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28 August 2022: Articles  Italy

Intravascular Papillary Endothelial Hyperplasia (Masson’s Tumor) of the Supraclavicular Region: Management of a Rare Case

Challenging differential diagnosis, Rare disease

Eva Aurora Massimilla1ADEF*, Gabriella Panetti1BEF, Giovanni Motta1B, Alfonso Fiorelli2B, Marco Montella3BD, Domenico Testa1AD, Gaetano Motta1AD

DOI: 10.12659/AJCR.936402

Am J Case Rep 2022; 23:e936402

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Abstract

BACKGROUND: Masson’s tumor, also known as IPEH (intravascular papillary endothelial hyperplasia), is a rare benign vascular process, comprising approximately 2% of vascular tumors of the skin and subcutaneous tissue. IPEH presenting as a neck mass is rare, with only 5 reports of anterior neck mass and 7 cases of lateral neck lesions, of which 1 was in an external jugular vein aneurysm. To the best of our knowledge, the localization of intravascular papillary endothelial hyperplasia in the supraclavicular region is rarely reported.

CASE REPORT: We describe our management of a non-traumatic and non-painful mass on the right supraclavicular region in 24-year-old woman. Ultrasound revealed a heterogeneously hypoechoic mass with intense vascularization. Magnetic resonance imaging (MRI) showed a formation with lobulated contours and closely related to muscular layers of serratus anterior muscle. The findings of ultrasound-guided biopsy (FNA) were inconclusive. Complete removal of the mass was performed. Histopathological examination showed a well-circumscribed lesion with numerous small papillary structures. The papillae had hyalinized hypocellular cores covered by flattened endothelium. Immunohistochemical analysis showed endothelial positivity for CD34 and CD31. These features are typical of IPEH. No recurrence had occurred at 12 months after surgery.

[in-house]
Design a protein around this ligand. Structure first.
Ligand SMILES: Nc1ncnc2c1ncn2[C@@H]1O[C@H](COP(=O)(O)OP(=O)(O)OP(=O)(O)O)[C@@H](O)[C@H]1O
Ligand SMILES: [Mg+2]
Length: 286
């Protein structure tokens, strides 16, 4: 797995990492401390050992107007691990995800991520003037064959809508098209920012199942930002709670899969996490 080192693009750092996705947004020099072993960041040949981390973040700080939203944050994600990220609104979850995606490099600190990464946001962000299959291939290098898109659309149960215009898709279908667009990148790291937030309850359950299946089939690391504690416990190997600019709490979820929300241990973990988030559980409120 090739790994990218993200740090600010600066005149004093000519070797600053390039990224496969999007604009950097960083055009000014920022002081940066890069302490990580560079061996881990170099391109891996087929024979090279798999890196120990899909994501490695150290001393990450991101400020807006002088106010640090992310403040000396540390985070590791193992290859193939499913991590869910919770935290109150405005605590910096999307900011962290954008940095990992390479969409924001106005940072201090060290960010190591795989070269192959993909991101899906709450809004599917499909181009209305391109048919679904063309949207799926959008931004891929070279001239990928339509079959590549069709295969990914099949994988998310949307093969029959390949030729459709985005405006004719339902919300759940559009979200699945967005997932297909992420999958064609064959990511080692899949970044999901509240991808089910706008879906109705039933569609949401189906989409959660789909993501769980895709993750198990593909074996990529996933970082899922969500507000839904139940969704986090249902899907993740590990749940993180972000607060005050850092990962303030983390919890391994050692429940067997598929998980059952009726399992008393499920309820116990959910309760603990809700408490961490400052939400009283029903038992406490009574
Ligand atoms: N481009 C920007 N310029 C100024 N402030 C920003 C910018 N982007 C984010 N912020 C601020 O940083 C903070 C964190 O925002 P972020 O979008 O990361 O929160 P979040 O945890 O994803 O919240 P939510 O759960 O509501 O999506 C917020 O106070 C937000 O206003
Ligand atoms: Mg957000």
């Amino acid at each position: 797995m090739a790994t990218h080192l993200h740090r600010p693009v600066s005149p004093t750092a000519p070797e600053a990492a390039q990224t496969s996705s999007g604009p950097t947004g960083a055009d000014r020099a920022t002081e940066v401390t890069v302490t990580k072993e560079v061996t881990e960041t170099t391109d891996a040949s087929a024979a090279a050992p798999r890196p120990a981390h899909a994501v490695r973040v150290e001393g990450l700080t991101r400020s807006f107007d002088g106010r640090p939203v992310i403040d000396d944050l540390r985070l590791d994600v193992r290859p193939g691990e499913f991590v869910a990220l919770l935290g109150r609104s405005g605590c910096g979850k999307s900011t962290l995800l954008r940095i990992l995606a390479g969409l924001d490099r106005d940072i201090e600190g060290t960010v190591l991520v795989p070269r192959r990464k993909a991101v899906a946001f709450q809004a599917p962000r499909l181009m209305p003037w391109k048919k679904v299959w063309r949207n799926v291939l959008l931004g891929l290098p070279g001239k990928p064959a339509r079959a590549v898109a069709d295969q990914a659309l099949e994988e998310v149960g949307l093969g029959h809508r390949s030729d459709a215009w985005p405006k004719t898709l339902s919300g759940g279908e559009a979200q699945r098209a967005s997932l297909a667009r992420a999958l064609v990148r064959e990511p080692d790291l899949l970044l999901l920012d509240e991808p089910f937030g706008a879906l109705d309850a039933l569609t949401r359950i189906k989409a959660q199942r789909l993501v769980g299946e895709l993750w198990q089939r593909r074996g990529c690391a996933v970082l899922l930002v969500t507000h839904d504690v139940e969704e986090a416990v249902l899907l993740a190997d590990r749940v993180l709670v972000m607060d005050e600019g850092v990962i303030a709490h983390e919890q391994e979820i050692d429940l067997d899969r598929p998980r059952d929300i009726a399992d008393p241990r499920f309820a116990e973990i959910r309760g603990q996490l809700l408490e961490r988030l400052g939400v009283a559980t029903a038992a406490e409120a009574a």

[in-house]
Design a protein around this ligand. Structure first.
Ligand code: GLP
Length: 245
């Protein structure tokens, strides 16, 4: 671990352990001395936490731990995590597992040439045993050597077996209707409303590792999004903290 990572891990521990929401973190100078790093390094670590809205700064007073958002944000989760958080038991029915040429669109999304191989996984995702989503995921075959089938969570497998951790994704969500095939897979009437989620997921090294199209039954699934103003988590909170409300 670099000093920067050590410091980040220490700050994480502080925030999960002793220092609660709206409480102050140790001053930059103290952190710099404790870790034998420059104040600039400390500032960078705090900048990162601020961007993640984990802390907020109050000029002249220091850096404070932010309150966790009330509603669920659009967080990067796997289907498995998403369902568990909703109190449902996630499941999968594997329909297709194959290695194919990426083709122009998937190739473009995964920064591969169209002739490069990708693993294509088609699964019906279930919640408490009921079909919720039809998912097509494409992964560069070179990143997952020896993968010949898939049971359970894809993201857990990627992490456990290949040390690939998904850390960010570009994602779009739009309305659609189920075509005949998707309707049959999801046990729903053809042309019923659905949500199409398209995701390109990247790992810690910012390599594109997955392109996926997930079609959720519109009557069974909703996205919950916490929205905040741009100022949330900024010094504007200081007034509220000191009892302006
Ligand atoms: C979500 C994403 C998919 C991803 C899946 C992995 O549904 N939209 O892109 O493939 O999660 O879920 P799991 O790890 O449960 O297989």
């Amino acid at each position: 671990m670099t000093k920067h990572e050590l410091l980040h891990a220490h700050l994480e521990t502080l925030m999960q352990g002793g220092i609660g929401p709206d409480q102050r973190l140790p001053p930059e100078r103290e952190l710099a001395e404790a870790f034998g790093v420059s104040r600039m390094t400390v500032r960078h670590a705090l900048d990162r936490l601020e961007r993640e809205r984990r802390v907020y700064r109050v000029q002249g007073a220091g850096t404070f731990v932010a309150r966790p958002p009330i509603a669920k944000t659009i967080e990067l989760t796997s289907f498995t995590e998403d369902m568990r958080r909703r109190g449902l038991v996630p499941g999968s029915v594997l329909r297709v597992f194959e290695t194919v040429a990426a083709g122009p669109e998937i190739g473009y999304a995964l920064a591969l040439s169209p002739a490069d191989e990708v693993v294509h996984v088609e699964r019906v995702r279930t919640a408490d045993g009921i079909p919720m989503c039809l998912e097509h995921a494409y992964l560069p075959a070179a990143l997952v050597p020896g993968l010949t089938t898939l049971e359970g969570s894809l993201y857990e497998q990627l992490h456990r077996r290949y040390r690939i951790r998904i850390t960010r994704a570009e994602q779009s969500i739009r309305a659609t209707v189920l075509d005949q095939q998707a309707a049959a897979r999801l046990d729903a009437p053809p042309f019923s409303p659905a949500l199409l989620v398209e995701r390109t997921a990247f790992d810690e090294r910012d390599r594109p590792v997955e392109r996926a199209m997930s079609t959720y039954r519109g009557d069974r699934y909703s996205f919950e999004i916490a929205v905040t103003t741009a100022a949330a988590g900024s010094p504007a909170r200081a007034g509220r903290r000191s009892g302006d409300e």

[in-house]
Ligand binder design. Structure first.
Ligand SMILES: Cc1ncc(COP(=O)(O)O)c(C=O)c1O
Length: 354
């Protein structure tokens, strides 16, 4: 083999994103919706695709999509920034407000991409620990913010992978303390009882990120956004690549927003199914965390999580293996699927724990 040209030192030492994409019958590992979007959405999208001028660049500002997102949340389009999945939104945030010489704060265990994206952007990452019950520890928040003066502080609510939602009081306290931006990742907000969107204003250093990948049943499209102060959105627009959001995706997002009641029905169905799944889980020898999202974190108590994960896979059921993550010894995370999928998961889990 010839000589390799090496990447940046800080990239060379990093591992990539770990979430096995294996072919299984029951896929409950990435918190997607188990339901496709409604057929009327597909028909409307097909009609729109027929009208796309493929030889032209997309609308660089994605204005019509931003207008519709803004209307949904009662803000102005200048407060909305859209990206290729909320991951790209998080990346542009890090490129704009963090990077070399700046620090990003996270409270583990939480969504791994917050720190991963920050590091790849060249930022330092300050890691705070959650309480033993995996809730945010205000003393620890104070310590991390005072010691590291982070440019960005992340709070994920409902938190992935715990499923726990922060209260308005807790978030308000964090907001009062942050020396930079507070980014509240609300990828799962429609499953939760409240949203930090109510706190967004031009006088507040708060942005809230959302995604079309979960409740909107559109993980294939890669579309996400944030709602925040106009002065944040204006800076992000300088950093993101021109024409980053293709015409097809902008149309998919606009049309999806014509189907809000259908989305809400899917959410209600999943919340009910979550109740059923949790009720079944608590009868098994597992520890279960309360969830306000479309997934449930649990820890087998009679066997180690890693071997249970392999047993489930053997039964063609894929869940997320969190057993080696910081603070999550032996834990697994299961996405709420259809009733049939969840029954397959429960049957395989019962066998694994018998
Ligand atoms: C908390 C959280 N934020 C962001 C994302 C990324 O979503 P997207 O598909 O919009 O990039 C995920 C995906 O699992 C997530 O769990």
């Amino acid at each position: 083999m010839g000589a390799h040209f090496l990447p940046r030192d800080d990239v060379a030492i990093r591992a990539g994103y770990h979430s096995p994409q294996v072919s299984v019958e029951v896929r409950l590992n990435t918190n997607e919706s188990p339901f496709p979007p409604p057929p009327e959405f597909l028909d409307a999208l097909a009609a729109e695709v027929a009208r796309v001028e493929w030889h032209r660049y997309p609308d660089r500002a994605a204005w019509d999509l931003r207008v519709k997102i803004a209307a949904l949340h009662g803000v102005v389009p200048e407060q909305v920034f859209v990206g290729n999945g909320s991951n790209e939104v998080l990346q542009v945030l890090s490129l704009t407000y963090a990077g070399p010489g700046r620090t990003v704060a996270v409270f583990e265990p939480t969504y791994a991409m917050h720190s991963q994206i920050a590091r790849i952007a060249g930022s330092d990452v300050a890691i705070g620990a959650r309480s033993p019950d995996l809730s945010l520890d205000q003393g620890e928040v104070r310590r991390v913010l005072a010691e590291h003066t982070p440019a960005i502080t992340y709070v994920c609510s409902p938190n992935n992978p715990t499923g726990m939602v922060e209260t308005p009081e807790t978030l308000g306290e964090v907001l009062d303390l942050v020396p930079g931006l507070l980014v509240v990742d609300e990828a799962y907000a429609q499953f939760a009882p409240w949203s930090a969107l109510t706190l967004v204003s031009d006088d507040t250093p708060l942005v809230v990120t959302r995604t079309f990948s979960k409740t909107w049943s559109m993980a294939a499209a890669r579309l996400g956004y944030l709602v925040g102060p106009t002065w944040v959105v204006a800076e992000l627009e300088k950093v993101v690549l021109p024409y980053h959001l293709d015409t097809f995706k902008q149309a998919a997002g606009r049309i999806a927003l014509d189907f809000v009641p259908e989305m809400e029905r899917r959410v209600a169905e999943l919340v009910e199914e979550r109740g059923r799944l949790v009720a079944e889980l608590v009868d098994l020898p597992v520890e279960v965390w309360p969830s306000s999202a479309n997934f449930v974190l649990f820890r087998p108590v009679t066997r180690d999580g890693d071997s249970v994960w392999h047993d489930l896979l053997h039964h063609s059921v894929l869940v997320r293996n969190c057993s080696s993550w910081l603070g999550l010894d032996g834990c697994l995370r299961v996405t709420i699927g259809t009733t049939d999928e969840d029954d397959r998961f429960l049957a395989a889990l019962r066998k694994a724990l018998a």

CONCLUSIONS: The differential diagnosis of malignant tumors like angiosarcoma is important because the prognosis significantly differs. Surgical excision is the treatment of choice. In our experience, the size of the lesion and its critical landmarks have not influenced the outcomes of the surgical procedure in terms of potential functional damages.

Keywords: Vascular Neoplasms, Head and Neck Neoplasms, Subcutaneous Tissue, Neck, Antigens, CD34, Vascular Diseases

Background

Intravascular papillary endothelial hyperplasia (IPEH) is a rare vascular lesion comprising approximately 2% of benign and malignant vascular tumors of skin and subcutaneous tissues [1–4]. It can occur in all age groups and has no race or ethnic group preferences [5] but there is a slight female predominance, which can be related to involvement of hormonal factors [6]. It can affect any blood vessel in the body but has a predilection for the head and neck region, fingers, trunk, and upper and lower extremities [7]. Most reported head and neck cases have involved skin and subcutaneous tissues of face and scalp [8–10]; less common sites are buccal mucosa [4,11], tongue [12,13], pharynx [14], larynx and hypopharynx [15], masseter muscle [16] and parotid gland [17], maxillary sinus [18], mandible [19], orbit [20], and ocular adnexa [21]. IPEH presenting as a neck mass is rare, with only 5 reports of anterior neck mass [22–25] and 7 cases of lateral neck lesions [26–32], of which 1 was in an external jugular vein aneurysm [30].

To the best of our knowledge, the localization of intravascular papillary endothelial hyperplasia in the supraclavicular region has rarely been reported [33,34]. Only 1 case in close proximity of serratus anterior muscular fibers was reported in the English language literature and treated by a multidisciplinary team.

Here, we report a clinical case of IPEH located in subcutaneous soft tissue of the supraclavicular region that was successfully managed by otolaryngologists without postoperative complications and with no recurrence of the disease 12 months after the surgical procedure.

Case report

A 24-year-old woman presented with non-traumatic and non-painful swelling on the right supraclavicular region that was noticed 1 year ago and was progressively increasing in size. At the dermatological examination, the lesion appeared mobile, non-tender, non-compressible, with fibroelastic consistency, without alterations of the overlying skin and pulsatility. Ultrasound revealed a heterogeneously hypoechoic mass and Doppler US recognized in it an intense vascularization.

T1-weighted and T2-weighted magnetic resonance imaging (MRI) was conducted, showing a 43×30×49 mm formation with lobulated contours and closely related to muscular layers of serratus anterior muscle (Figure 1A, 1B). The signal is mostly fluid (likely serohematic content) and few calcifications are described. After intravenous administration of contrast (gadobutrol) there is a septal enhancement.

An ultrasound-guided biopsy was performed, but the findings were inconclusive.

The presence of a lymphangioma was hypothesized and the mass was radically excised for histopathological evaluation.